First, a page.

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Koh Tao

Travel Expert’s Guide to Koh Tao – (Turtle Island)

Literally translates as “Turtle Island”, Koh Tao is an oceans cape paradise for all things beach related. Ever popular with backpackers and trekkers, the island’s effortlessly cool vibe and rocky scenery has attracted visitors in droves for decades.  Koh Tao is regarded as the best Thai Island for scuba-diving and snorkeling.  If dry land is more of your thing, Koh Tao has you covered, with panoramic viewpoints that can be reached on foot through various hiking tours and rock-climbing sessions.  Eagle Creek or High Sierra Hydration Packs are recommended if you plan to go trekking as the climate is very dry and you will need to remain hydrated throughout your journey.

Don’t Miss while in Toh Tao

Snorkeling – Regular boat trips leave from Chalok Baan Kao Bay to explore the island’s coastline underwater. Trips range from traditional long tail boats to larger vessels, or even luxury speedboats. Bike Routes – Road and mountain biking can be found through the island and hitting them in a great way to discover more of Toh Tao’s glorious scenery. Sai Nuan and Tao Thong Beach – Two relatively undiscovered stretches of sand on the island’s southwest coast, both Sai Nuan and Tao Thong are as authentically locale as you can find, dripping with hammocks and coral wind chimes.

Places to check out

  • Watch the traditional sport of Muay Tai Kickboxing at the monsoon Gym and Fight club
  • Hike your way up to Koh Tao’s famous lookout Koh Nang Yuan
  • Dive under and become licensed as a PADI scuba diver

Where to eat

Hae Head Pier is a great place to start for tasty eats on Koh Tao. Around the clock, you can find locals offering excellent fried chicken or celebrate through the island and find a nearby pancake stall as they whip up sweet and savories with theatrical abandon. The dirt tracks between Lomprayah and Songrem piers is a mecca for cheap street food.   It’s also the stomping ground of one vendor who signals his presence by sounding a horn, and serves up helpings of coconut and sweetcorn ice cream. H Bistro – Fine Dining known for the wine it serves as well as its French cuisine Barracuda – Reasonably priced fine dining experience

Food to try while there

Pad Thai – Rise noodle stir fried with tamarind paste, egg tofu, fish sauce chill and palm sugar. Typically topped with lime, roasted peanuts , beam sprouts and meant of your choosing. Papaya Salad – A crunchy mixture of un-ripened papaya in a mortar with fish sauce, peanuts , palm sugar, tomatoes and lime – many variations exist.

Best Time to visit

November to May – dry and hot average 32 degrees Celsius.   Avoid traveling from June-October when the wet season begins.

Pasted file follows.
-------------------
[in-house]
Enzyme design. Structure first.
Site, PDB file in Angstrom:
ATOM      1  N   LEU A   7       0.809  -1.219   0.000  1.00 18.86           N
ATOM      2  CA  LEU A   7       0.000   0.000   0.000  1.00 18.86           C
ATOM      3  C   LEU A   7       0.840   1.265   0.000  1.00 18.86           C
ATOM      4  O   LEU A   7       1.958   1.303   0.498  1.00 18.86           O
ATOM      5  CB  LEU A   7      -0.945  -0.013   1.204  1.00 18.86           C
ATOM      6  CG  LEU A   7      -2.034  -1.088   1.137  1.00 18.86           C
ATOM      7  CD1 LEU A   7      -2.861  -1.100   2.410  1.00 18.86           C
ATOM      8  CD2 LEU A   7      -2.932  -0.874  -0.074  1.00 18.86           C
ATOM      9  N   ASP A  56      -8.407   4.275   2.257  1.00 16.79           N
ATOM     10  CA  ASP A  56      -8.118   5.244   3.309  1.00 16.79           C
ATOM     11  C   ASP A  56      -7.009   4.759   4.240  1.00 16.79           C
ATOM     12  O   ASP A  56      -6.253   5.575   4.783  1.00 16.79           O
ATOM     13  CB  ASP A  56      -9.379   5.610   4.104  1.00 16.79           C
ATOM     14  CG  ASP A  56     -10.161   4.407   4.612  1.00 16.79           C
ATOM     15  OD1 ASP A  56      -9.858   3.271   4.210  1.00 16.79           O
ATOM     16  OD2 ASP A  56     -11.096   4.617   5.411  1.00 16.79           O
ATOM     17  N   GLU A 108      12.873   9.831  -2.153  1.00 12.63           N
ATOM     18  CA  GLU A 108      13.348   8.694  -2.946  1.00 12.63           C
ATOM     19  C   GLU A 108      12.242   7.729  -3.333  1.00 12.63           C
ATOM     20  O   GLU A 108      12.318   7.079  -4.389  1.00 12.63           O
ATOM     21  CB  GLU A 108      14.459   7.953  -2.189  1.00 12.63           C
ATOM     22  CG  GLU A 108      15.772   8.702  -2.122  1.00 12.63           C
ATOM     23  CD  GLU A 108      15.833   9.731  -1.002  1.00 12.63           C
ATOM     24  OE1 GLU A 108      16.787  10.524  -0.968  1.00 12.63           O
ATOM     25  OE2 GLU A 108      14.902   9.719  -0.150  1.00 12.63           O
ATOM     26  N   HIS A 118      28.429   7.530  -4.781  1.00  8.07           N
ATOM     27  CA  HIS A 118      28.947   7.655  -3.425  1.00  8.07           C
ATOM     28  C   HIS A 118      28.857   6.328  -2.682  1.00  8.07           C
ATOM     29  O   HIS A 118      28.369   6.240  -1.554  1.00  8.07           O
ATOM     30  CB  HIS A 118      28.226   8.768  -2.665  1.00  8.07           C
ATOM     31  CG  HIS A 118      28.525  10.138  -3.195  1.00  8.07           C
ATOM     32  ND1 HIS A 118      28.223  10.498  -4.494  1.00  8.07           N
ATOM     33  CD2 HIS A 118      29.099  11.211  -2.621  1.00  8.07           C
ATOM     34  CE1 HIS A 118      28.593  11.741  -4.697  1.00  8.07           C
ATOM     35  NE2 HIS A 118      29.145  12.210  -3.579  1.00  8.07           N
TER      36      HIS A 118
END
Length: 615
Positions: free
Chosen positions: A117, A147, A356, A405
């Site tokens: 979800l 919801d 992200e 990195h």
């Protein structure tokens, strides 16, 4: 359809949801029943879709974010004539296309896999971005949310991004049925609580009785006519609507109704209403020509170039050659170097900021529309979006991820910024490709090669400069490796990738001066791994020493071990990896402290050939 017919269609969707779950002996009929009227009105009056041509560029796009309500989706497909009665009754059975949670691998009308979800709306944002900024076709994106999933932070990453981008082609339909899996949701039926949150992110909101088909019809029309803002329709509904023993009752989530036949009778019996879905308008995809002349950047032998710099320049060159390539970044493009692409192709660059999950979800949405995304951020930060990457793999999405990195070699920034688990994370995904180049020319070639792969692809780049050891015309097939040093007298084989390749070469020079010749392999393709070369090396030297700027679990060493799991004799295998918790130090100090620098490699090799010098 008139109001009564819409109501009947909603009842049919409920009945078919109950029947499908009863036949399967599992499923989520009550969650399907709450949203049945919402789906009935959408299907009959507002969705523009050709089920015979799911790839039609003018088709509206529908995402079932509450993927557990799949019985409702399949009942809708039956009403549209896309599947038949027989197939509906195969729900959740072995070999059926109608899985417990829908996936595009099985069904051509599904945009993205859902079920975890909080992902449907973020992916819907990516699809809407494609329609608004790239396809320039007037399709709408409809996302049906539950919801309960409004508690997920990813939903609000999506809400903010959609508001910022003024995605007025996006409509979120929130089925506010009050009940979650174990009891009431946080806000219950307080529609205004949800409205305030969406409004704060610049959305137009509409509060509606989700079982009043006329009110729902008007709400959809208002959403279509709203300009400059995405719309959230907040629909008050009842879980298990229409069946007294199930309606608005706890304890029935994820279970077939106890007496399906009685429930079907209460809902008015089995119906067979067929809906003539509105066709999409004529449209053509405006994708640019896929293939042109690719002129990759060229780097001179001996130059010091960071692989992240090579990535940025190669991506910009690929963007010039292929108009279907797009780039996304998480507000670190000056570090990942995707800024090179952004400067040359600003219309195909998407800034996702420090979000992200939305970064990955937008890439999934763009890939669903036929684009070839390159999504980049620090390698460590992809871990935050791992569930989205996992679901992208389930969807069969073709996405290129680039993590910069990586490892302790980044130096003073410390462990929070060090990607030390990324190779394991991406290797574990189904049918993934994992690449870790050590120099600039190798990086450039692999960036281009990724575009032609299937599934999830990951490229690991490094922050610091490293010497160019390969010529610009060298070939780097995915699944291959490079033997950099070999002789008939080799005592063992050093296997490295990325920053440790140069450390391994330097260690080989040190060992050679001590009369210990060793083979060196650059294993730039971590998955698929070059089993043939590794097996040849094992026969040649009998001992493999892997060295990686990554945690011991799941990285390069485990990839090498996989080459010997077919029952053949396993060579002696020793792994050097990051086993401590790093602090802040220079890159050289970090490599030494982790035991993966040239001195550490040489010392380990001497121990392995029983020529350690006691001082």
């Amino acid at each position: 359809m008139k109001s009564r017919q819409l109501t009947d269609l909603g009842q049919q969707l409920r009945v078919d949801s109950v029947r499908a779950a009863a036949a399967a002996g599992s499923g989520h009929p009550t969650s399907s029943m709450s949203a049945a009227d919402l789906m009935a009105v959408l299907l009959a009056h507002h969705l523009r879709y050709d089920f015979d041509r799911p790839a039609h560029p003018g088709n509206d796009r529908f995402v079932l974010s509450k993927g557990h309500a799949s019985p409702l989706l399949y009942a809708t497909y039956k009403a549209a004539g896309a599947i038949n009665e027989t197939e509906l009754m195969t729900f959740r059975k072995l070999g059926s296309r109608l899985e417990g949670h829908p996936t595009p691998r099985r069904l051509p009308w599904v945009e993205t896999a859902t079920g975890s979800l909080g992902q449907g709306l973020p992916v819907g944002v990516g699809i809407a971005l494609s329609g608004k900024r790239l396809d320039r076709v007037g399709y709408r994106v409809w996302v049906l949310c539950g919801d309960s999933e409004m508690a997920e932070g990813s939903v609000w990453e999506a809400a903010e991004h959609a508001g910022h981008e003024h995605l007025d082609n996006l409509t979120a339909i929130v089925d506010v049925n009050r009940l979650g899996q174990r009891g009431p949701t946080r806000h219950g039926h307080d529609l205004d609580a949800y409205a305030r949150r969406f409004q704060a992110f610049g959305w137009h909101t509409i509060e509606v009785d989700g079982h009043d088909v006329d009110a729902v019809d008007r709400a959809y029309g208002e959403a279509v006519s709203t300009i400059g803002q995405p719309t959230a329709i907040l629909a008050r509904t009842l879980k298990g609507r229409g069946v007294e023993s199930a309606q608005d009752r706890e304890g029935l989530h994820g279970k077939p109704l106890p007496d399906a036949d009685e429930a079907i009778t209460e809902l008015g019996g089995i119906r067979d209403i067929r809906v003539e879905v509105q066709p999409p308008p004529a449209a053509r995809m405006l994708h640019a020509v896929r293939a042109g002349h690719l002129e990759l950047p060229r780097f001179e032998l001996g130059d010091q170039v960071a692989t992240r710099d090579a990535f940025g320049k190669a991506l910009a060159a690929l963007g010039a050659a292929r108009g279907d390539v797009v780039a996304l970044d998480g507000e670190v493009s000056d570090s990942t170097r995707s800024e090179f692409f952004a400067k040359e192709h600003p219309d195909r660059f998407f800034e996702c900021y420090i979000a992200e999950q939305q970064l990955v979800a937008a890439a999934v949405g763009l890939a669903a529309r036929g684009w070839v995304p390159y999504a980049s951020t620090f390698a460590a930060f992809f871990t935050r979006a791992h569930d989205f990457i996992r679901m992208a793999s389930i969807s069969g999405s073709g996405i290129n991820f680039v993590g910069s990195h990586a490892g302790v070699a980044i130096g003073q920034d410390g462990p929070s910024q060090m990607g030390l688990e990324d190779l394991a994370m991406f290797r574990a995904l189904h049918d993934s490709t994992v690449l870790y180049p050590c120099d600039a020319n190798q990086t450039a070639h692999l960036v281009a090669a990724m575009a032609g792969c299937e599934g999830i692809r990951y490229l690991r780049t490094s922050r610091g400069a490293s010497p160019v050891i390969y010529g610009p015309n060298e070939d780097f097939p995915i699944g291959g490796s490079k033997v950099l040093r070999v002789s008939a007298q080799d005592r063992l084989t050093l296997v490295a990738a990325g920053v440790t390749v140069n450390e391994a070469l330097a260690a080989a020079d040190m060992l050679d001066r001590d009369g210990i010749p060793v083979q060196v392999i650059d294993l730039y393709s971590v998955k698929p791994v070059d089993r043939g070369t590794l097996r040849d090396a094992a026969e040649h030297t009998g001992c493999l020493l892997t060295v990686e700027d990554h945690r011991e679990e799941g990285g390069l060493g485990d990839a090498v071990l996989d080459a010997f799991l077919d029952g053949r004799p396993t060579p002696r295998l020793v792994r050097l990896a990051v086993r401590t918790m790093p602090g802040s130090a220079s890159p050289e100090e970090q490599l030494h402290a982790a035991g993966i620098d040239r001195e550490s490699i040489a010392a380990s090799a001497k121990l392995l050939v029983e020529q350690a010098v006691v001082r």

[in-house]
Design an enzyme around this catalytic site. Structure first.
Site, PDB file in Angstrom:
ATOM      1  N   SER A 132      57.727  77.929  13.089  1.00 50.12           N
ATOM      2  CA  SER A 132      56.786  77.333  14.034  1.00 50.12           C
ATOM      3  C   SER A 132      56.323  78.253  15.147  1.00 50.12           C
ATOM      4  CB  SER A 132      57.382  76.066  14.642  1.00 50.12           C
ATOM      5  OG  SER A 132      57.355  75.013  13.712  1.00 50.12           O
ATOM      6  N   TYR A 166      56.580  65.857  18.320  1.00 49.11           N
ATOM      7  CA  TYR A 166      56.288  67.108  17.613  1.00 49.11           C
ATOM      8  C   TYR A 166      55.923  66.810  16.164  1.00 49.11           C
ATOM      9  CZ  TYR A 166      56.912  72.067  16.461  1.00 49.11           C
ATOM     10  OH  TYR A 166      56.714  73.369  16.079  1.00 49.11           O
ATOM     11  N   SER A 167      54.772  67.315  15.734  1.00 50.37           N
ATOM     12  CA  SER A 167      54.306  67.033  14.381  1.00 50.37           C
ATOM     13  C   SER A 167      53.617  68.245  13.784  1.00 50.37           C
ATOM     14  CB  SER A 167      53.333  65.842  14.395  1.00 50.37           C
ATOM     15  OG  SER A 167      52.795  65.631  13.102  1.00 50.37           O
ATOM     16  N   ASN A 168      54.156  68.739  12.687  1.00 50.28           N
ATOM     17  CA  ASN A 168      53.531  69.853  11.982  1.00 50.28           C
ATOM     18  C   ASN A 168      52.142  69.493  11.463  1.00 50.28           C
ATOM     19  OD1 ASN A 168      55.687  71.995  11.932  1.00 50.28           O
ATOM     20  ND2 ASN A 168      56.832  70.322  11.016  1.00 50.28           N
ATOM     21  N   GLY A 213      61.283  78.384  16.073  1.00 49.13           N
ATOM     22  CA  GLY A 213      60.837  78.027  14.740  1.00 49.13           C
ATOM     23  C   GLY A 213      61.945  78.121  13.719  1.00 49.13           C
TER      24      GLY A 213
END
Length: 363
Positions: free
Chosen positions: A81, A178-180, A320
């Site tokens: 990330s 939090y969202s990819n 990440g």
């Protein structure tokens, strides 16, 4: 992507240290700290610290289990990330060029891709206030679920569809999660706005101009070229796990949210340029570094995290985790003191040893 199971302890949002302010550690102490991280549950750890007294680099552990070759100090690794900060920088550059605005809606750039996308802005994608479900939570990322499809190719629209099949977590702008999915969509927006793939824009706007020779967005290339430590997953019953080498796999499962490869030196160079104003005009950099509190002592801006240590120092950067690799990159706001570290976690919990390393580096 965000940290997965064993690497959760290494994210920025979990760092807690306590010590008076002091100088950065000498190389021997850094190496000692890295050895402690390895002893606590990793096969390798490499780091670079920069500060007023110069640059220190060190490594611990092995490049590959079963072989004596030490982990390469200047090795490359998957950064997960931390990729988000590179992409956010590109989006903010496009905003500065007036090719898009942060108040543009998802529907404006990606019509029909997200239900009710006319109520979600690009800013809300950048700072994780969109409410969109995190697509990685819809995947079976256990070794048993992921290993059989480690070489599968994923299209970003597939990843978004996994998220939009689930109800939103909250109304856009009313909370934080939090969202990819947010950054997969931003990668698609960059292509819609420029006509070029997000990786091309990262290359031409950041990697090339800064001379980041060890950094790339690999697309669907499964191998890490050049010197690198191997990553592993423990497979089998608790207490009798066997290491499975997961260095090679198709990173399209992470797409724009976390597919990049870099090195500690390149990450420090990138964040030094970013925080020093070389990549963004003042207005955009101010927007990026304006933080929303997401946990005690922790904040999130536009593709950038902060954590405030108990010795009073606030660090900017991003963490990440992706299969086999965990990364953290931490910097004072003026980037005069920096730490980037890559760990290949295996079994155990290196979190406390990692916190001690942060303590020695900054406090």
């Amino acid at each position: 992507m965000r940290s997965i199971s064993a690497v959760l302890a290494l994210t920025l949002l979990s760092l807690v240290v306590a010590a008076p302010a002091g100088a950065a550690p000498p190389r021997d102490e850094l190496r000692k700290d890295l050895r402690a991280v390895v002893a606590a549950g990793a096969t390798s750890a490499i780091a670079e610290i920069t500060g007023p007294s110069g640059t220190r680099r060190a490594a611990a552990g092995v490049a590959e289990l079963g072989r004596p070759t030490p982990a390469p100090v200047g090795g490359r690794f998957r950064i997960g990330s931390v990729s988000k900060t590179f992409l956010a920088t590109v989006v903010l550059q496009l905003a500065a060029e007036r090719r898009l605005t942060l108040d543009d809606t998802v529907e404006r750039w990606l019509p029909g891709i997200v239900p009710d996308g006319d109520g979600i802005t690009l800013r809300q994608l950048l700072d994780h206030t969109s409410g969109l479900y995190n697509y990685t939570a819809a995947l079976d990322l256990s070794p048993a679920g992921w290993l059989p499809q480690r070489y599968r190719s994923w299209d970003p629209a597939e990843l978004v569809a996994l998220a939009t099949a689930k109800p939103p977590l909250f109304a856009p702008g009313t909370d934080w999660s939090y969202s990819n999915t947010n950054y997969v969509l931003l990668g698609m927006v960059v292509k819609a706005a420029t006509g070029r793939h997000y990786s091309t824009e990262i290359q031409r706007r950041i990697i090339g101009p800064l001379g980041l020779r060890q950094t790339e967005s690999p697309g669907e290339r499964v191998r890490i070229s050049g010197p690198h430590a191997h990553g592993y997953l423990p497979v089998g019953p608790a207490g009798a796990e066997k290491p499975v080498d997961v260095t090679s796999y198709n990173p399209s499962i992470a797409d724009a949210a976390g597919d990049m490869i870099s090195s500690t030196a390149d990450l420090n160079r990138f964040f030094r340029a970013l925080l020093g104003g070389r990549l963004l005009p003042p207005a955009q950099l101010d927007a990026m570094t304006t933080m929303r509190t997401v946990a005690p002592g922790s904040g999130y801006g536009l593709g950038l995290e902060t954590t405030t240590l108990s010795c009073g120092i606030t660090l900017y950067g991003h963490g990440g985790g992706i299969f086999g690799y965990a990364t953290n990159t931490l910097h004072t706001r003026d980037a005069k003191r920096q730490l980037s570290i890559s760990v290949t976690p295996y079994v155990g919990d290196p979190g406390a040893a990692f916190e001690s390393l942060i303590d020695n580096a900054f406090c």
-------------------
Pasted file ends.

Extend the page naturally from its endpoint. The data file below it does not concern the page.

While in Koh Tao. Does and don’s

  • Wear modest clothing in temples to respect cultural customs. Don’t touch monks, its considered extremely rude.
  • Take shoes off before entering homes or temples. Don’t touch people’s heads, the head is considered sacred in Thai culture.
  • “wai” placing your palms together and bowing is an appreciated sign of respect.
  • Speak Thai. A little can go a long way.   Thai deeply appreciate it as a gesture of goodwill.
  • “Mai Ben Rai” like “hakuna matata” is a moto most in Tai live by, means don’t worry and don’t think about consequences. While in Koh Tao keep in mind that most people will have a relaxed, worry free mentality and that translates to arriving late, missing schedules and taking long lunches.   If you’re in a rush, you came to the wrong place.

Tipping rules

Wait staff, bartenders and bag keepers require no tips.  Tour guides require $500/Day in Thai Baht (Tai currency ) Culture shock and warnings. ( to avoid acting like an ugly American )
  • Always ask before taking a photo with someone.  Wear long pants and skirt when visiting holy places.
  • Table Manners – Hold the fork in your left and the spoon on the right. Use your fork to push food into the spoon , but don’t put the fork directly into your mouth.
  • Pour drinks for others when their cup is half full and let others do the same.
  • Thai may press their hands together and bow slightly, and you should reciprocate. Otherwise shake hands.
  • Remove your shoes when entering someone’s home and don’t step on the threshold.
  • Haggling is expected at street vendors, except for food vendors.
Keep these basic rules in mind and you will blend into their culture well and avoid looking like a tourist.

Basic Thai you will need to survive.

  • Hello ( sah wat deeee)
  • Goodbye ( Lahh-Khohn)
  • Please ( kah-roon-ohh)
  • Thank you ( Kop KOOHN)
  • You’re welcomed ( Mai – pen-drai)
  • Pardon me ( kah-tohht)
  • English (pah-sah ahn get)
  • Yes (chai)
  • No ( Mai chai )
With these things in mind , enjoy your trip to one of Tai’s Most amazing islands and don’t forget to get your diver license while you’re there.

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